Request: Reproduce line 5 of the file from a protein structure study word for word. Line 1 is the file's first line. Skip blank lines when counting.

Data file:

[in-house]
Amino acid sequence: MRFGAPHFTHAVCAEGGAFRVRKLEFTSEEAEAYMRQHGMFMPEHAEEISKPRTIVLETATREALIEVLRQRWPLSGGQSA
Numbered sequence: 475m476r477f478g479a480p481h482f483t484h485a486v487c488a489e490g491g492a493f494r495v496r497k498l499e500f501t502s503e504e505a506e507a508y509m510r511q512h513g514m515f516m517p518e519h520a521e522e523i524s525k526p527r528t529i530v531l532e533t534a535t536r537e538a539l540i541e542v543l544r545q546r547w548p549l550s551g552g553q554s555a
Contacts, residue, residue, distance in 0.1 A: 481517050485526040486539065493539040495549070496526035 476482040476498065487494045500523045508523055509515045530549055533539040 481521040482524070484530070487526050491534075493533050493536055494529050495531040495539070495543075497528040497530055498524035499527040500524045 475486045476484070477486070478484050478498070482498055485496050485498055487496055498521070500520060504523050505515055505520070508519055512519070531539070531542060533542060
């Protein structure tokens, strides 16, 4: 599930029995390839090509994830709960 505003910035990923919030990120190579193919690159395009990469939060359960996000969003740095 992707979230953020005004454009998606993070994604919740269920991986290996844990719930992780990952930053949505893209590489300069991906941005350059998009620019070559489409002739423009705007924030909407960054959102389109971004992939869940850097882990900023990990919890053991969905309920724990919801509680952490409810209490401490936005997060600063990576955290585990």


């Protein structure tokens, strides 16, 4: 599930029995390839090509994830709960 505003910035990923919030990120190579193919690159395009990469939060359960996000969003740095 992707979230953020005004454009998606993070994604919740269920991986290996844990719930992780990952930053949505893209590489300069991906941005350059998009620019070559489409002739423009705007924030909407960054959102389109971004992939869940850097882990900023990990919890053991969905309920724990919801509680952490409810209490401490936005997060600063990576955290585990």